It is important to understand that El Salvador is the country with the lowest per capita income in Latin America. The majority of people did not use formal financial products and were left without bank details. The financial literacy rate was 21% in 2017 (World Bank) compared to developed economies, in which 37% to 60% of people live with financial literacy. Argentina, for example, where the crypto adoption rate is one of the highest in Latin America, had a financial literacy rate of 28%.
I had worked with financial products for the underserved populations of Southeast Asia during my time at the UN, and introducing something new without proper education and explanation is always fraught with difficulties. At the same time, I’ve always believed that cryptocurrencies are the cure for financial inclusion and underserved populations. For example, people in rural areas of Myanmar do not have access to ATMs. All machines are miles away. Imagine how difficult it is to get money from an ATM when you have to walk for miles through the mud during rainy and typhoon seasons. It is not an everyday experience and so much of the formal economy is becoming the cash economy. At the same time, I found that every household has access to at least one phone that is connected to the Internet. That makes it extremely easy to access the crypto market without having to go anywhere.
In my previous articles, I discussed use cases for Bitcoin and cryptocurrencies in Latin America within the cash economy and outside the public sector. People choose Bitcoin over their national currencies for a variety of reasons, including inflation protection, access to financial services, remittances, loans, etc.
Coming back to the El Salvador case, I think this is one of the most exciting government-level experiments that can improve people’s lives and increase financial inclusion. The whole crypto community is watching with sheer excitement. Nayib Bukele brought the unofficial economy into the public sector, opening up more opportunities for the non-banks and for the country’s economy in general.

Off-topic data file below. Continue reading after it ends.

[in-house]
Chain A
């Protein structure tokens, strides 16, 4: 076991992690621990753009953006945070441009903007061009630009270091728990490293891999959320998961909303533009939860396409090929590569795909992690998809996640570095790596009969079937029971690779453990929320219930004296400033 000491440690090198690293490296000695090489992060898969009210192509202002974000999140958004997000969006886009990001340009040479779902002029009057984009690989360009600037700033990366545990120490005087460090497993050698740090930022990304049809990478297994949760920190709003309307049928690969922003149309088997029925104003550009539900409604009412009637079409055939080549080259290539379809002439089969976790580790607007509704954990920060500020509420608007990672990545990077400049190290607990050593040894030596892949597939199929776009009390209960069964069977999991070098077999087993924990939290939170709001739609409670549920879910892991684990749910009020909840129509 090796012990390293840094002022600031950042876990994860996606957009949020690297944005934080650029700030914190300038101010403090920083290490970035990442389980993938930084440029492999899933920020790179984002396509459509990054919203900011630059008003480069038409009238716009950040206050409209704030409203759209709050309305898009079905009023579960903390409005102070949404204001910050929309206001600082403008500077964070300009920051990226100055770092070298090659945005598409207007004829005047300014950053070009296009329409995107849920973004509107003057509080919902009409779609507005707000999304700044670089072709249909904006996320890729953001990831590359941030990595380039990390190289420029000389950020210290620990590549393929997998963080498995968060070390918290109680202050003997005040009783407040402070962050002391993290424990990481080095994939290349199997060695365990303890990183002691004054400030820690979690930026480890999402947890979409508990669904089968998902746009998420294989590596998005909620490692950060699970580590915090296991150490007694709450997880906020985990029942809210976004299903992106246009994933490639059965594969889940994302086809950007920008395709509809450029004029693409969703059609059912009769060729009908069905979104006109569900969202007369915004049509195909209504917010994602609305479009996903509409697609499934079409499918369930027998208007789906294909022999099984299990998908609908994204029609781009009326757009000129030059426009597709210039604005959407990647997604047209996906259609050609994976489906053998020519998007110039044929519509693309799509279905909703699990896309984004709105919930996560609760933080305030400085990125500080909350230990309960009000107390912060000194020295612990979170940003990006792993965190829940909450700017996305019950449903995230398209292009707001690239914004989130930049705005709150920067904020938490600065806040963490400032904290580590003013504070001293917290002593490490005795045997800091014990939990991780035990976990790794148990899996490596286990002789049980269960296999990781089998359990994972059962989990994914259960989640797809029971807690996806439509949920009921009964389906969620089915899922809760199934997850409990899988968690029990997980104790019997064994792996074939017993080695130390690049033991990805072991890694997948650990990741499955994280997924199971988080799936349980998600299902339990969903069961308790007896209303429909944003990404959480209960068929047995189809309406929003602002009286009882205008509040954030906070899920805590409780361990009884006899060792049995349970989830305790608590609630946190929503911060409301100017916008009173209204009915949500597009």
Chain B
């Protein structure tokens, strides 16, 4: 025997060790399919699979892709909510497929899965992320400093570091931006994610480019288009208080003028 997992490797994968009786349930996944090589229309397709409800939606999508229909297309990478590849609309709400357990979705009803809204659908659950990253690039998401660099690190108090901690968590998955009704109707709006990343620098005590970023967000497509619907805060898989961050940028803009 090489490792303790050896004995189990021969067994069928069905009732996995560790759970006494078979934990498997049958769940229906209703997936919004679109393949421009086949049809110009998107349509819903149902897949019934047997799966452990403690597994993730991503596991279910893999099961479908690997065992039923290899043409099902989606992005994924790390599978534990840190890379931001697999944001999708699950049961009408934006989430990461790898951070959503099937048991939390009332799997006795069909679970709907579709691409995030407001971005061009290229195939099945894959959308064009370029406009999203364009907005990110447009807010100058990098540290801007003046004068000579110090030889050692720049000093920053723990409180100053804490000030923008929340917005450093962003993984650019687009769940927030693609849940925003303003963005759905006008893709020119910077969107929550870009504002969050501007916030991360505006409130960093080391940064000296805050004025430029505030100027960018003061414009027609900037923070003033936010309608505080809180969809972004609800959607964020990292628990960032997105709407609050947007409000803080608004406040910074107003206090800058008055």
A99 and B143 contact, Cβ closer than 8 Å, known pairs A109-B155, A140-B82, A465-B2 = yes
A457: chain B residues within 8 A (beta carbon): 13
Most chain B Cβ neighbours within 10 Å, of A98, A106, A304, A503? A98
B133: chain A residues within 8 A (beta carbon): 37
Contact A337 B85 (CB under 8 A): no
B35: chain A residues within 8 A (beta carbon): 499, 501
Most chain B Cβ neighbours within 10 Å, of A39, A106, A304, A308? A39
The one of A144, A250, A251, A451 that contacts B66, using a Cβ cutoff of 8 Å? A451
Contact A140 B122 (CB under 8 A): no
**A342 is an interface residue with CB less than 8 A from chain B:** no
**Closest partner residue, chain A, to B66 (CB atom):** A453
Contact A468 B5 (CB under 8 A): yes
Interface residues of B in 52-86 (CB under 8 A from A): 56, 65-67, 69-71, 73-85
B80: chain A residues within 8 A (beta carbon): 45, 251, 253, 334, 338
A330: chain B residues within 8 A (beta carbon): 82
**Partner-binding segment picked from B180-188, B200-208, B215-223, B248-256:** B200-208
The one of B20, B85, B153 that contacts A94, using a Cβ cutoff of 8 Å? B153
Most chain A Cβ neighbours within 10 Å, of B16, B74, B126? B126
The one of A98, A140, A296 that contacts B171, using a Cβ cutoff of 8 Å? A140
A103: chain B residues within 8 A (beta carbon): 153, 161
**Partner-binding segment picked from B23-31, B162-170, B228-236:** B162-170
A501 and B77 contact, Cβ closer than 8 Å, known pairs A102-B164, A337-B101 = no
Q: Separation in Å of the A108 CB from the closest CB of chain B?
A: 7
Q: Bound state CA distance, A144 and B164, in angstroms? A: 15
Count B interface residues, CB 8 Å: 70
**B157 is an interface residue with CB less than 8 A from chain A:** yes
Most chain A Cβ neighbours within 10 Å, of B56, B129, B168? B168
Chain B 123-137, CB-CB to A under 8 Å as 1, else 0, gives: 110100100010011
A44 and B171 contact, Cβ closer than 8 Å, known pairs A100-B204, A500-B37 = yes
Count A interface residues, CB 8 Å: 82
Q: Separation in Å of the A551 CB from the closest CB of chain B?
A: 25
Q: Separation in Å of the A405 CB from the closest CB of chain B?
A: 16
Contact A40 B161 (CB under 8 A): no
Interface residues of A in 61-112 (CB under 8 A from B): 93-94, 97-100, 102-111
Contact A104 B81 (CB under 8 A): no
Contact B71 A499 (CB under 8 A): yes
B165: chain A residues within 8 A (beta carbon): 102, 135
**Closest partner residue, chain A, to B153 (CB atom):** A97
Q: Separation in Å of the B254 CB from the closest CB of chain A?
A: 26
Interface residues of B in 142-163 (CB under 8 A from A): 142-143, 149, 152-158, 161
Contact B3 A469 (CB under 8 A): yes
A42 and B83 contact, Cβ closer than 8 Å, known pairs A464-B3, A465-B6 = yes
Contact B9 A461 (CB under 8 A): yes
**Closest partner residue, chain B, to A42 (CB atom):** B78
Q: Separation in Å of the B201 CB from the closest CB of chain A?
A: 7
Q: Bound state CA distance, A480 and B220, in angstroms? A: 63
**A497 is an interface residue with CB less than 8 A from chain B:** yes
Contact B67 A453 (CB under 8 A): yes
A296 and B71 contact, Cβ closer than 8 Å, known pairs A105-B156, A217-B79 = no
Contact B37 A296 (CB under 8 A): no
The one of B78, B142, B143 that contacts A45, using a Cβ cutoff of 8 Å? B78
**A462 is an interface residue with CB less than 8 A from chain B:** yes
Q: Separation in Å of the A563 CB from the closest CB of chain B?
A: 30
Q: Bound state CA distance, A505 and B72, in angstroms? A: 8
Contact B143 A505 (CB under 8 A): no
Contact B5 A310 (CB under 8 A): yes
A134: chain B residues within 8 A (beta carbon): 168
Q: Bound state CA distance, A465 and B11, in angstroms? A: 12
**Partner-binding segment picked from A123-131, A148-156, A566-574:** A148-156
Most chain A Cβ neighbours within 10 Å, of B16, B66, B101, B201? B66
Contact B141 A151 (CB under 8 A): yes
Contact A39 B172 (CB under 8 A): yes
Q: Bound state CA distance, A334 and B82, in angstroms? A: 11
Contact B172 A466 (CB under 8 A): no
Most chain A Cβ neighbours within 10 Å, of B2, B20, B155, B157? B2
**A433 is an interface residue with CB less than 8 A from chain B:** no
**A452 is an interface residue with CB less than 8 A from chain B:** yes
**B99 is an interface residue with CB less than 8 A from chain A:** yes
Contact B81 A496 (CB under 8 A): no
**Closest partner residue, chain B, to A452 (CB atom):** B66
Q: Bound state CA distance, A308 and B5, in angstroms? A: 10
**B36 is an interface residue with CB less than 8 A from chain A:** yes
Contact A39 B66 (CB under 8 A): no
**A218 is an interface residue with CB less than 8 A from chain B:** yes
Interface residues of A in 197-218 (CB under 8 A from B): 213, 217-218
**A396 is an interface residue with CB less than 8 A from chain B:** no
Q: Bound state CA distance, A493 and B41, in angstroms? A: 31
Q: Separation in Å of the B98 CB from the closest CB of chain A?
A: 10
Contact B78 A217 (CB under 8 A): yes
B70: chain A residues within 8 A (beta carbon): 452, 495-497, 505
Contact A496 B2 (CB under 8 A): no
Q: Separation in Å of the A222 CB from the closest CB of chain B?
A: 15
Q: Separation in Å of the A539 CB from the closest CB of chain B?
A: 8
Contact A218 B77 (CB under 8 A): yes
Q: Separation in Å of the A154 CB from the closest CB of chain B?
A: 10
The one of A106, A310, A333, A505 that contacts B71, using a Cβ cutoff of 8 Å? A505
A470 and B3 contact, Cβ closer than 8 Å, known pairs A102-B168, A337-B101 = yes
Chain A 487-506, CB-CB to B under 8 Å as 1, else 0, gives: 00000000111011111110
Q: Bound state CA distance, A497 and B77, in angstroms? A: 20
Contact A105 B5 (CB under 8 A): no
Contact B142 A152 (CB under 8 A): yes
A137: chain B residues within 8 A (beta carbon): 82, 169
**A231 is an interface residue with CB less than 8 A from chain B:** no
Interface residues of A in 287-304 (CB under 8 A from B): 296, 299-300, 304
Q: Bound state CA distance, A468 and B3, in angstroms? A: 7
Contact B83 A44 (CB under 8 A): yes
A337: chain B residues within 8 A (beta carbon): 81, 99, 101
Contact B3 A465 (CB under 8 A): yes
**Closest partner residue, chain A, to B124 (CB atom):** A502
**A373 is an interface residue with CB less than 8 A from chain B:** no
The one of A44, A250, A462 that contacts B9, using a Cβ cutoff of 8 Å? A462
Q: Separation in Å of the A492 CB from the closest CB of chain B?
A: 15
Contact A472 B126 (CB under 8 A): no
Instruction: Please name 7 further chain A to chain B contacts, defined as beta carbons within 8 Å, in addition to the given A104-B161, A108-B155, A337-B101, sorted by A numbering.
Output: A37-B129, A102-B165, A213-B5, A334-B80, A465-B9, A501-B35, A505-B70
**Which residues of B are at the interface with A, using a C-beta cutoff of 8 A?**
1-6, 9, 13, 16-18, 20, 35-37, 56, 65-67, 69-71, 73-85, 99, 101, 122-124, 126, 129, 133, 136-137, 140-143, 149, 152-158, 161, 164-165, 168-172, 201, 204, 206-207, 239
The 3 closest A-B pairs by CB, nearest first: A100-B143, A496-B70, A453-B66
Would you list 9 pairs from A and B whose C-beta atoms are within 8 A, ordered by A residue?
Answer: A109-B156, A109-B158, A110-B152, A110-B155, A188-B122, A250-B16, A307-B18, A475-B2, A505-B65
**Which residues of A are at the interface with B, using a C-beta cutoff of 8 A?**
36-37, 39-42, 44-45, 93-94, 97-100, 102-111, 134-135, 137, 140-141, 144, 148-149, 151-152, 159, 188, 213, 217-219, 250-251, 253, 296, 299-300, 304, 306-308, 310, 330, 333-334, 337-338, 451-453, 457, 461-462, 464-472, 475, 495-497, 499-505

Not all good ideas work in practice, and the greatest part of success is always implementation. Start day didn’t go as smoothly as everyone expected, but when did we ever have a smooth start day for something? El Salvador’s GDP is $ 27 billion if we compare it to Apple and its market cap of $ 2.46 trillion. Apple’s new products aren’t always perfect, why do we expect Chivo to run so smoothly?
At the end of the day, the main puzzles El Salvador would have to solve are:
1) Financial education and literacy. It’s important to explain to people what Bitcoin actually is and how it can help them with wire transfers, daily transactions, and access to financial products.
2) Settlements. I mentioned earlier that using a dual national currency system can come at a cost, not for the government and the rich, but for the poor. Micro merchants, small vendors, and individuals are exposed to currency fluctuations and risk the Bitcoin price falling if they have to settle in US dollars.
3) frame for payments in cryptocurrency, transfers, billing and accounting. It should be simple, accessible, and run smoothly.
The real story is being written today and it’s exciting for the entire crypto space. I will continue to watch how the situation evolves and share more updates and insights later. Also plan to visit El Salvador in person in the coming months.